2. Program your go around altitude on the autopilot panel.
3. Check that the aircraft speed is stabilized at the target speed and disable auto throttle for final
landing.
4. When reaching decision altitude, you need to decide to land or go around. At this time, you must
disconnect the autopilot if it is still engaged

At decision altitude, if you see the runway or 3 consecutive approach lights on the ground, you can
continue the ILS approach, if you don’t have this visual reference, you must go around.



The aircraft must be stabilized on final in landing configuration at least 1000 ft above the ground. The pilot
in command shall not hesitate to go around if his aircraft is not stabilized on final, or the approach speed is
excessive.

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© IVAO HQ training department Training Documentation Manager Erwan L’hotellier


This manual is dedicated only for IVAOTM Network activities. This document must not be used in real aviation or in other networks
8. Recommended elements of a stabilized approach
We just give you the following recommendation consistent with criteria developed by the Flight Safety
Foundation.

Note that the recommended elements of a stabilized approach can differ slightly in function of the aircraft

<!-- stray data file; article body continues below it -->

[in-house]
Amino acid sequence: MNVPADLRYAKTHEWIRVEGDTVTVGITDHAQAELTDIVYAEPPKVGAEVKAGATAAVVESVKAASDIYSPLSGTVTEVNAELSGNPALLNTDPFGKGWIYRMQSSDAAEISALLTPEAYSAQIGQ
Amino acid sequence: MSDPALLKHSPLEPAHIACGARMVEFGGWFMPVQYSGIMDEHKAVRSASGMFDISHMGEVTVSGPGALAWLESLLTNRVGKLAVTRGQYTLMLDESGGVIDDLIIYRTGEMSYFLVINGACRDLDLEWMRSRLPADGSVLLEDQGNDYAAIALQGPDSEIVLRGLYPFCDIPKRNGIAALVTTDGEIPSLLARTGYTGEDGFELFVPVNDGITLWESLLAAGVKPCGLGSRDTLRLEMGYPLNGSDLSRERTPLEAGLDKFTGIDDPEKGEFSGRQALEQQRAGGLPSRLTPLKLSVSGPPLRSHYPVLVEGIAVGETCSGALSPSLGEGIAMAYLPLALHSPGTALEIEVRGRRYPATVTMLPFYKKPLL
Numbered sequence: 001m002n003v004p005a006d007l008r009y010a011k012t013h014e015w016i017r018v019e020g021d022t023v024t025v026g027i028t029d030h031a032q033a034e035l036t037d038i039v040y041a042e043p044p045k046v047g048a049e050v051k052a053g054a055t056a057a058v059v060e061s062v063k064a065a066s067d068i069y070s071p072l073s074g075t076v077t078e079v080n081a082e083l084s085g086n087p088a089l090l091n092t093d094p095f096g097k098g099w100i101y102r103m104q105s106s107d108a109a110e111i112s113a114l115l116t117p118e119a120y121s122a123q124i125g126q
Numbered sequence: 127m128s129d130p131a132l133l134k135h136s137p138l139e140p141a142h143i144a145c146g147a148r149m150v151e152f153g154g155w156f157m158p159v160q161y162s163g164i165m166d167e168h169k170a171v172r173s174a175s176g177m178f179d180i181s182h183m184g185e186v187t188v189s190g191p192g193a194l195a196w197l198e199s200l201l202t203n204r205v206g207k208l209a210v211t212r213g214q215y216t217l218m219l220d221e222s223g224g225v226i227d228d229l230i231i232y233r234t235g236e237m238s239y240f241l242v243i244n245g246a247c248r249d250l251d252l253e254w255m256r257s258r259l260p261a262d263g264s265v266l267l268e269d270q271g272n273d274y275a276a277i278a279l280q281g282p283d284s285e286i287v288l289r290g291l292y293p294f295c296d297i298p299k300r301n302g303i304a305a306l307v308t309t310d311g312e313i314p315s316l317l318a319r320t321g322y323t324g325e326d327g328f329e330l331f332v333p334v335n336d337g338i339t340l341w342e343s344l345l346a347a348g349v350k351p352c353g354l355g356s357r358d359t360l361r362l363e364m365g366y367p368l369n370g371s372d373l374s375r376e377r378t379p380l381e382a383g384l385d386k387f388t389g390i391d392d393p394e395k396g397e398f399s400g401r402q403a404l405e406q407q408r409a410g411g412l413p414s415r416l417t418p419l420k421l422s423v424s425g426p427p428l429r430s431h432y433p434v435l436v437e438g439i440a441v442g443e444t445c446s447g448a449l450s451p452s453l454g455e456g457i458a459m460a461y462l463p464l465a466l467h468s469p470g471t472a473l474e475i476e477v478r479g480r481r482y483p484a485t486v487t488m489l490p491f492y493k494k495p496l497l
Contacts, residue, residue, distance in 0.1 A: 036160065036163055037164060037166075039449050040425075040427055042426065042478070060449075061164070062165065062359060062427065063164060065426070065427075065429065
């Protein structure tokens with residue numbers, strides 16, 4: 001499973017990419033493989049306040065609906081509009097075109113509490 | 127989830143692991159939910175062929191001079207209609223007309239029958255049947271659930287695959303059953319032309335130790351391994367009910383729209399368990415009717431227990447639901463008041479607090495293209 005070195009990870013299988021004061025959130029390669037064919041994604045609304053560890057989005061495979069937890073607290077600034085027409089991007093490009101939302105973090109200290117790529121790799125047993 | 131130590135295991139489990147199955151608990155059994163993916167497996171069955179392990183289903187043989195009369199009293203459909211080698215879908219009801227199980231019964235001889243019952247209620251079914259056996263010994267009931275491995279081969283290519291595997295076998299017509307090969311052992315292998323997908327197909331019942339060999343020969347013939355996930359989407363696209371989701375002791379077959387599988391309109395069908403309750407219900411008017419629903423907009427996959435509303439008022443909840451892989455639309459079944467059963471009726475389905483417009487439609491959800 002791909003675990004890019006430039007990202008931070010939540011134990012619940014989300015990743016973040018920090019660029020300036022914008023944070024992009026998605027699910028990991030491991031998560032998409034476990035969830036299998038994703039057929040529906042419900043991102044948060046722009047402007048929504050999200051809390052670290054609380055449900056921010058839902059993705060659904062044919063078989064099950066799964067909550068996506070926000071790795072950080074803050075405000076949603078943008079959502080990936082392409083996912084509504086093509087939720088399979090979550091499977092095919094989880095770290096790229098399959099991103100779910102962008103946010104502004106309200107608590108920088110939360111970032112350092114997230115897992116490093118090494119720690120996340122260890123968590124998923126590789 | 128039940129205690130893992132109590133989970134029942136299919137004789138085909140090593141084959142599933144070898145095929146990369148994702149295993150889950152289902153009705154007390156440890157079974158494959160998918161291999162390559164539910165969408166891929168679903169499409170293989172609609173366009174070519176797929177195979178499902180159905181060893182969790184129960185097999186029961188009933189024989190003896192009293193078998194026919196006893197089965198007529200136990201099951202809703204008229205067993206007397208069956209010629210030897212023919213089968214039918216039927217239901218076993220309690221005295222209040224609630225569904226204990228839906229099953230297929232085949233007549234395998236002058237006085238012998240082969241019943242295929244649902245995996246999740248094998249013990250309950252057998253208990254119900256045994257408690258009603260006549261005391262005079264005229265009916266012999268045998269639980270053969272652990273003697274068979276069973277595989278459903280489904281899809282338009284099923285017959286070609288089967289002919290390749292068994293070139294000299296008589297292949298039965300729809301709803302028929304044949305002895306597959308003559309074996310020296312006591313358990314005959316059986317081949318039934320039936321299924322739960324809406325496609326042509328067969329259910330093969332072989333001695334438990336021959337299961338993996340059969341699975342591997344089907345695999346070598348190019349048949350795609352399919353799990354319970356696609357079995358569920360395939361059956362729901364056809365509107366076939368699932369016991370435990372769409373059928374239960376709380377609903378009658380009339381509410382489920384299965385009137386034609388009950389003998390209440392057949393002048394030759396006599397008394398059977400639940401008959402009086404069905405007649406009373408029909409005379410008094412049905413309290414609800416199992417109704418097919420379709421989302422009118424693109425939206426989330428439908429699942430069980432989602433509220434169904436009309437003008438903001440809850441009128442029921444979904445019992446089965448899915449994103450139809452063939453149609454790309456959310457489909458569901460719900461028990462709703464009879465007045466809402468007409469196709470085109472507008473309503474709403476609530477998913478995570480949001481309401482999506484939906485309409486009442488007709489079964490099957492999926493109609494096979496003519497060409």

operation manual or company recommendations.

All approaches should be stabilized by 1000 feet in IMC and 500 feet in VMC.
An approach is considered stabilized when all of the following criteria are met:
 The aircraft is on the correct flight path.
 Only small changes in heading and pitch are required to maintain the correct flight path
 The airplane speed is not more than VREF + 20 Knots indicated airspeed and not less than VREF
 The airplane is in the correct landing configuration.
 Sink rate is not greater than -1000 feet/minute except if the approach procedure requires a sink rate
greater than -1000 feet/minute.
 Thrust settings appropriate for the airplane configuration.
 All briefing and checklist have been conducted.
 ILS approach should be flown within one dot of the glide slope and localizer, or within the expanded
localizer scale.
 During circling approach, wings should be level on final when the airplane reaches 300 feet

Pitch attitude is between +10° and -2.5°


Bank angle is maximum 7°

An approach becoming unstabilized below 1000 feet IMC or below 500 feet VMC requires an immediate
go-around.

As the airplane crosses the runway threshold it should be:


 Stabilized on target airspeed to within + 10 Knots until arresting descent rate at flare
 On a stabilized flight path using normal manoeuvring
 Positioned to make a normal landing in the touchdown zone (the first third of the runway)

Initiate a go-around if the above criteria cannot be maintained.

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© IVAO HQ training department Training Documentation Manager Erwan L’hotellier


This manual is dedicated only for IVAOTM Network activities. This document must not be used in real aviation or in other networks